It helps to put a timeline on things sometimes.
May: While a bill that is supposed to create the energy corporation is introduced as the first bill of the session, the text of the bill doesn’t show up until near the end of the spring 2006 session. The record for the bill is bizarre. It shows the bill passed through second reading and committee stage four days after it passed first reading.
Newfoundland and Labrador Hydro forms the initial core of the company but internal structure creates series of interlocking directorates of subsidiaries.
NL Hydro retains exemption given in 2006 to EPCA restriction that electricity producers in province delivering to customers in province may only be engaged in electricity activities. PUB must still set Hydro rates to ensure profitability.
At some point in the re-organization, CF(L)Co becomes a subsidiary of NALCOR instead of CFLCo. This makes NLH – the Lower Churchill proponent – equal within the internal corporate structure to the company that was once its subsidiary.
June 13 and 14: In a high-speed process and with very little debate or public scrutiny, the House of Assembly amends the Electrical Power Control Act 1994 (EPCA) to lay out method for making water management agreement where two projects exist on same watercourse. Amendments to take effect on date set by cabinet.
June 3 and 4: At high speed and with very little debate, the legislature passes a water rights management bill later revealed to strip CF(L)Co of its lease to Churchill Falls.
December 16: Surprise seizure of hydroelectricity generation and transmission assets of three private sector companies on the island of Newfoundland (AbitibiBowater, Fortis and ENEL). Assets assigned to NL Hydro. NALCOR given responsibility for all government negotiations with Abitibi on compensation.
April: Talks start on water management agreement between Newfoundland and Labrador Hydro and CF(L(Co) .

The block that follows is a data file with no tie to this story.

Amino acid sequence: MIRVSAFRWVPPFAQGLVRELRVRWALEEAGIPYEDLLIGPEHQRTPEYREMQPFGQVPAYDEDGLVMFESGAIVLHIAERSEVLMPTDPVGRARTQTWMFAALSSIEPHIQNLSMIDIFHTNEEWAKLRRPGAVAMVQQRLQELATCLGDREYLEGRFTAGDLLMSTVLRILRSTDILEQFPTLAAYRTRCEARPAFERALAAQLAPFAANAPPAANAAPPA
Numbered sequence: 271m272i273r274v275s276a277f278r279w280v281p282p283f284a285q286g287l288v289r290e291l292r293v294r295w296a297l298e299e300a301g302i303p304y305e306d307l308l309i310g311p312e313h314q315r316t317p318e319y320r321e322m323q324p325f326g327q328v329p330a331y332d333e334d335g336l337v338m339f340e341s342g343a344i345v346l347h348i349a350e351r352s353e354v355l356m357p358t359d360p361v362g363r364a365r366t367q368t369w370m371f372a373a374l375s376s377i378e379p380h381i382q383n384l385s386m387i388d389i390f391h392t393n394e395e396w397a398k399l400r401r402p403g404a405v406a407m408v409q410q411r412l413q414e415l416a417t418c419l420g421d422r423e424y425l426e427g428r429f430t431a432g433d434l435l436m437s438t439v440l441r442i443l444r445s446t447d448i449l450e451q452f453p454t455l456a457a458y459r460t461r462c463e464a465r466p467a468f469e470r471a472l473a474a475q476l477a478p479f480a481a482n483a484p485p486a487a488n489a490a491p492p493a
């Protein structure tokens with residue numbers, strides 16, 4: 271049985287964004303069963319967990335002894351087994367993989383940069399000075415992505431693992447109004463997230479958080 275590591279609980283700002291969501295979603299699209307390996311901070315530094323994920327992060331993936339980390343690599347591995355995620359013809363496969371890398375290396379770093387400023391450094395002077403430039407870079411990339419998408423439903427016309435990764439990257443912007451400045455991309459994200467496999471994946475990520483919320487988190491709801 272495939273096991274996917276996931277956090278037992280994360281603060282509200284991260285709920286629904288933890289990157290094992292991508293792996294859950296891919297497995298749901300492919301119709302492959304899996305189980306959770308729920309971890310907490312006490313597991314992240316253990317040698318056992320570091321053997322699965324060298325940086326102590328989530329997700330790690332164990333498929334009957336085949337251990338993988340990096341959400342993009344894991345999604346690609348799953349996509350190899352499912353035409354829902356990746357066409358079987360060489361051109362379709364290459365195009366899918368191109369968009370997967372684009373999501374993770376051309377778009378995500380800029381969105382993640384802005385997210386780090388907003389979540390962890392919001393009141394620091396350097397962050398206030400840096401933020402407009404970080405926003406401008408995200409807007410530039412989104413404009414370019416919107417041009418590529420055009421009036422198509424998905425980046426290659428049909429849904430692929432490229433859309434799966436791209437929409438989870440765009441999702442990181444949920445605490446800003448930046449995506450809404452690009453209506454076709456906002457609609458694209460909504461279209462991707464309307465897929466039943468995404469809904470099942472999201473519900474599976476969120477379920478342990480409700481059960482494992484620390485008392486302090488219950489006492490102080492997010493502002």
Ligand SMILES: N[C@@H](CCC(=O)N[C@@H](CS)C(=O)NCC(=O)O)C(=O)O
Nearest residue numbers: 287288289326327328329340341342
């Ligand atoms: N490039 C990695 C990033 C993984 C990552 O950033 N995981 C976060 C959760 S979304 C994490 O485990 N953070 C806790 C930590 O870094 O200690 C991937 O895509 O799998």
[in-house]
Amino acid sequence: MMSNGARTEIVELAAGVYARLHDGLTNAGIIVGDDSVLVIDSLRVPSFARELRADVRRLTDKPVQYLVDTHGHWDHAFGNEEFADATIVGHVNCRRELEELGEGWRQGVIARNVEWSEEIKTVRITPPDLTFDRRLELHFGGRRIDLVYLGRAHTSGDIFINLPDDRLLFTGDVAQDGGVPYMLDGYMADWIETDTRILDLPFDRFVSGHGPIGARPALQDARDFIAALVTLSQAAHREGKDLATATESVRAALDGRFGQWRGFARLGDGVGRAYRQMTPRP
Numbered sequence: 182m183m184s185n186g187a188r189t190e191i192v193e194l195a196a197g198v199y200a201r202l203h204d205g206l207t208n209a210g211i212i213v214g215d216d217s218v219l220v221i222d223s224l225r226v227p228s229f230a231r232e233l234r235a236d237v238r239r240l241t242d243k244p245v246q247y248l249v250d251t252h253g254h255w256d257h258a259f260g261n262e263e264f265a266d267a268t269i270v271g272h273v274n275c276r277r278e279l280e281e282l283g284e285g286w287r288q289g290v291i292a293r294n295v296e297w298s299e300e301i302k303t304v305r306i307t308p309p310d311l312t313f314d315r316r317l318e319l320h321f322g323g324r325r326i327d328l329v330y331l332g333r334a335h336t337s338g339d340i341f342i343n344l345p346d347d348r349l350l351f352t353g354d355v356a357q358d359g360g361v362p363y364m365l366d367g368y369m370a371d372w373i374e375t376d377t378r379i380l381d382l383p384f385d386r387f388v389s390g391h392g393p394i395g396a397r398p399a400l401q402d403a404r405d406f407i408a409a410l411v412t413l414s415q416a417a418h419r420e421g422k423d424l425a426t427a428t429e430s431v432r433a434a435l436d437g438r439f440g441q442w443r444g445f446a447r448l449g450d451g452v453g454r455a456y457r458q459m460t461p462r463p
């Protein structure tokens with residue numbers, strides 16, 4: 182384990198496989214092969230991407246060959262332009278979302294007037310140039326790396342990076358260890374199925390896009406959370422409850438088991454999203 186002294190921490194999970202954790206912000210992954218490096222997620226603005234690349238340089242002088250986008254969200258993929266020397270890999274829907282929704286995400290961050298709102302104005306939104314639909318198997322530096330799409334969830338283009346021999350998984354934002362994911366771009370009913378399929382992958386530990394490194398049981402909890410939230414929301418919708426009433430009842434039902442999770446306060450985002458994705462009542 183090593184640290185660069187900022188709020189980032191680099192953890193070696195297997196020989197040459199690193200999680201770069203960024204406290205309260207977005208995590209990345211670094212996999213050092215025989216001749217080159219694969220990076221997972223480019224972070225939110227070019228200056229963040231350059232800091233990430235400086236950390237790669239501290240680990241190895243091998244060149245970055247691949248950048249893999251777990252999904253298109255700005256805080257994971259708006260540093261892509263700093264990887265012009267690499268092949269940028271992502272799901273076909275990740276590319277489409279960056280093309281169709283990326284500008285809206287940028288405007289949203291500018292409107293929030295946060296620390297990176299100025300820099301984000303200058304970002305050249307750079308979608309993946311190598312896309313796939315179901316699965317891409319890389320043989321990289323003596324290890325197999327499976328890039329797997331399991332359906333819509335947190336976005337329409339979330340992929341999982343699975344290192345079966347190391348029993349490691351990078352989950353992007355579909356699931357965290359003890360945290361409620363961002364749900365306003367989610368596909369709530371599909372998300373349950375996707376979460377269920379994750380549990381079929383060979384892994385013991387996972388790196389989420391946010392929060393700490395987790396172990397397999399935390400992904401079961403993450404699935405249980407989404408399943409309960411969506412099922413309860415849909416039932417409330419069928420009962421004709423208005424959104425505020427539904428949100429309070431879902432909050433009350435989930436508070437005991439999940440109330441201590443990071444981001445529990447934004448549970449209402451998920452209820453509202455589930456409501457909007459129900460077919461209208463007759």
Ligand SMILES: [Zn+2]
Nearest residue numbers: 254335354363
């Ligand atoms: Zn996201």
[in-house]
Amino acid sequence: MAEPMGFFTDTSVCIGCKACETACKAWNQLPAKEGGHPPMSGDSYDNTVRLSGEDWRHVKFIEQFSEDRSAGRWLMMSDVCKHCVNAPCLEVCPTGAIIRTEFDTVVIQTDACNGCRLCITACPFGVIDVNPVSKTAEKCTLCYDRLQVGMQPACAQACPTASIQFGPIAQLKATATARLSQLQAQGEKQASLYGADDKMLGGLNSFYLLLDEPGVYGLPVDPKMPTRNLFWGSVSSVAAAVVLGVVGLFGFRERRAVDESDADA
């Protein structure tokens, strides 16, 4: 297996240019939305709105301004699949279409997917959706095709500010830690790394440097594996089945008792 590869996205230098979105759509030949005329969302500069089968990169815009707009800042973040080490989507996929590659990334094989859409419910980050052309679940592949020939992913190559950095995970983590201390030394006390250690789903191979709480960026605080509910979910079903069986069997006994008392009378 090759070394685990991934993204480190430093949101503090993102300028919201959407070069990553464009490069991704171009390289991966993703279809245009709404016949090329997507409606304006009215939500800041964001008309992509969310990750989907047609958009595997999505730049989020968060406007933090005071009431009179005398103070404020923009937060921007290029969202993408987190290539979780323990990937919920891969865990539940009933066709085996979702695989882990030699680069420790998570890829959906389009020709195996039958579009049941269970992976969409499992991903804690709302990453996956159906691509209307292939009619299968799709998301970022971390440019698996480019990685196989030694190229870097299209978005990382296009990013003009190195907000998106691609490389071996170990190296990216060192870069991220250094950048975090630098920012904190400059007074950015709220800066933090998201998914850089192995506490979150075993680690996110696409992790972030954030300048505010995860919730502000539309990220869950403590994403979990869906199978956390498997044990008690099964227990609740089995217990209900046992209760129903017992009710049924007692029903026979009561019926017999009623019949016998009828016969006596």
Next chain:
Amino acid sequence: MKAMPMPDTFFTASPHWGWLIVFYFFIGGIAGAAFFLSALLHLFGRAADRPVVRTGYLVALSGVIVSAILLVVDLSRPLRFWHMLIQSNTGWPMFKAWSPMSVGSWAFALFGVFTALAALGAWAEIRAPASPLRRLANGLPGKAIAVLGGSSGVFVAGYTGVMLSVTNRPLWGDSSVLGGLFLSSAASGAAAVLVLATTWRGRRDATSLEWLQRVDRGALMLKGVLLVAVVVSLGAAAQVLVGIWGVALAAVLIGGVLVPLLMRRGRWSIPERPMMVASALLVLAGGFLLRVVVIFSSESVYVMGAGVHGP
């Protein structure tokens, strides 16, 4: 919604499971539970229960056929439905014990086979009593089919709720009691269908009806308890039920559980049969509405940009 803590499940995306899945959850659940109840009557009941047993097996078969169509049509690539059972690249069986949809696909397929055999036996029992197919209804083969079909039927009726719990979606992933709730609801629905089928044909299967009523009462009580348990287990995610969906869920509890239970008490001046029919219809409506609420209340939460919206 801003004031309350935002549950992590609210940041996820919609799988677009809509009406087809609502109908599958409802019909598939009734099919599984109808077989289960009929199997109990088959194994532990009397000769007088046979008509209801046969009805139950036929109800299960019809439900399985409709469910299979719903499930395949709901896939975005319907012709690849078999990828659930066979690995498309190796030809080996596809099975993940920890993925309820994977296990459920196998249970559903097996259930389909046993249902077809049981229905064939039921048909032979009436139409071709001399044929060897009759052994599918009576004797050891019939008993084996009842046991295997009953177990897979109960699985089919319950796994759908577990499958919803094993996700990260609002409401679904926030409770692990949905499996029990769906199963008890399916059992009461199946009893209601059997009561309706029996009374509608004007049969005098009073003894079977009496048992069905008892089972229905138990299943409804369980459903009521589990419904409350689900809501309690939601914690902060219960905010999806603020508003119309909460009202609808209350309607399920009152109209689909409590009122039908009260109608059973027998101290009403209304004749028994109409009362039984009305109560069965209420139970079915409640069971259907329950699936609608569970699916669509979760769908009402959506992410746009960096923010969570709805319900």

August 31: Ed Martin (CEO of provincial energy corporation) tells Toronto Star that he :
… doesn't see the Quebec issue as a major stumbling block, as regulation requires the province to allow access to its grid in return for a set tariff. Hydro Quebec and Nalcor are just working out the details.
01 Sep: Emergency session of the legislature called for September 8 to deal with amendments to 2008 water rights legislation.
Any costs to Ontario would build in the price of that tariff, but what's most important is how that final cost would compare to the next-best alternative. [Emphasis added]
Amendments and session are given rather benign description initially:
"This amendment is necessary in order to facilitate an agreement between Nalcor Energy or its subsidiary and CF(L)Co," said Minister Dunderdale. "As these negotiations are currently underway, we wanted to get into the House early and make this amendment to avoid any uncertainty to the parties involved. We thank the opposition for their cooperation on this matter and we look forward to further discussion on the amendment when the House reconvenes next week."03 Sep: In a speech to a national audience, Premier attacks Hydro Quebec for supposedly throwing up roadblocks to lower Churchill development.
04 Sep: Dunderdale reveals the full - the real - story. (Locals media have not covered Dunderdale’s comments two and a half months later)
09 Sep: Amendments pass in House emergency session. True nature of story is revealed in comments during the debate:
“They [Churchill Falls (Labrador) Corporation lawyers and directors] felt that we had extinguished their rights to the whole watershed area that they require to produce electricity in the Upper Churchill and that would cause them some concern,” said [natural resources minister Kathy] Dunderdale.Unspecified time in September: Deal reached with CF(L)Co on water management.
October 23: According to NALCOR, this is the date the CF(L)Co board met and rejected the deal agreement.
October 29: NB Power deal.